“You may call him Methil” Matron Baenre explained. “His true name is beyond my pronunciation. He is a friend!'

  Before Malice could reply, Baenre added, “Of course, Methil gives me the advantage in our discussion, and you are not accustomed to illithids!' Then, as Malice's mouth drooped open in disbelief, Matron Baenre dismissed the ill-ithid.

  “You read my thought” Malice protested. Few could insin- uate themselves through the mental barriers of a high priestess well enough to read her thoughts, and the practice was a crime of the highest order in drow society.

  “No!” Matron Baenre explained, immediately on the de-fensive. “Your pardon, Matron Malice. Methil reads thoughts, even the thoughts of a high priestess, as easily as you or I hear words. He communicates telepathically. On my word, I did not even realize that you had not yet spoken your thoughts!'

  Malice waited to watch the creature depart the great hall, then walked up the steps to the altar. In spite of her efforts against the action, she could not help peeking up at the transforming spider-and-drow image every now and then.

  “How fares House Do'Urden?” Matron Baenre asked, feigning politeness.

  “Well enough” replied Malice, more interested at that mo-ment in studying her counterpart than in conversing. They were alone atop the altar, though no doubt a dozen or so clerics wandered through the shadows of the great hall, keeping a watchful eye on the situation.

  Malice had all that she could handle in hiding her con-tempt for Matron Baenre. Malice was old, nearly five hun-dred, but Matron Baenre was ancient. Her eyes had seen the rise and fall of a millennium, by some accounts, though drow rarely lived past their seventh-and certainly not their eighth-century. While drow normally did not show their age-Malice was as beautiful and vibrant now as she had been on her one-hundredth birthday-Matron Baenre was withered and worn. The wrinkles surrounding her mouth resembled a spider's web, and she could hardly keep the heavy lids of her eyes from dropping altogether. Matron Baenre should be dead, Malice noted, but still she lives.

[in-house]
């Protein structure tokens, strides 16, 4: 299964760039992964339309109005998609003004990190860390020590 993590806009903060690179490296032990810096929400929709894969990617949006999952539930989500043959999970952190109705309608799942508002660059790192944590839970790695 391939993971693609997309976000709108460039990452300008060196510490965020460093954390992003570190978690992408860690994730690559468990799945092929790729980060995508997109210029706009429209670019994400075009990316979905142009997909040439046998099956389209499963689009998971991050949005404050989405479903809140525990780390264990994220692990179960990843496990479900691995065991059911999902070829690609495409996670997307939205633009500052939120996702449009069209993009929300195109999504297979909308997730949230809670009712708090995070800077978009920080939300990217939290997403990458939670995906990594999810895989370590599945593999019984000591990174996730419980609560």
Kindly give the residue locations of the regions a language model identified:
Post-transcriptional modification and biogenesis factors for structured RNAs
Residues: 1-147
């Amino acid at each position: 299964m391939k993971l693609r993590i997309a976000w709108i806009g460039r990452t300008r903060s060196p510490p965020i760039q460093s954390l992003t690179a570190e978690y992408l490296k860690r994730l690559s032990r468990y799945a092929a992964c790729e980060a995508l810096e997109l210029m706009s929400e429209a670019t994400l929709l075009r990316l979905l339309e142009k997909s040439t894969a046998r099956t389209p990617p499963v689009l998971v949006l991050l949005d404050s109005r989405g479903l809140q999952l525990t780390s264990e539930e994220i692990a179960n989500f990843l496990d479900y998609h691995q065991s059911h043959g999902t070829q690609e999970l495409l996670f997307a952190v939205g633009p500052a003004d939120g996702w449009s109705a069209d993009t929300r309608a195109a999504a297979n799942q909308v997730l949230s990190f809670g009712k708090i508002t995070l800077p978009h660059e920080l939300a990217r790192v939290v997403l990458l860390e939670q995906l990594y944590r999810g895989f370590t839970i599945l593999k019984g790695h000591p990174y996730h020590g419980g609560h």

Matron Baenre, seeming so beyond her time of life, was pregnant, and due in only a few weeks.

  In this aspect, too, Matron Baenre defied the norm of the dark elves. She had given birth twenty times, twice as often as any others in Menzoberranzan, and fifteen of those she

  bore were female, everyone a high priestess! Three of Baenre's children were older than Malice!

  “How many soldiers do you now command?” Matron Baenre asked, leaning closer to show her interest.

  “Three hundred” Malice replied.

  “Oh,” mused the withered old drow, pursing a finger to her lips. “I had heard the count at three-hundred fifty”

  Malice grimaced in spite of herself. Baenre was teasing her, referring to the soldiers House Do'Urden had added in its raid on House DeVir:

  “Three hundred” Malice said again.

  “Of course” replied Baenre, resting back.

  “And House Baenre holds a thousand?” Malice asked for no better reason than to keep herself on even terms in the discussion.

  “That has been our number for many years”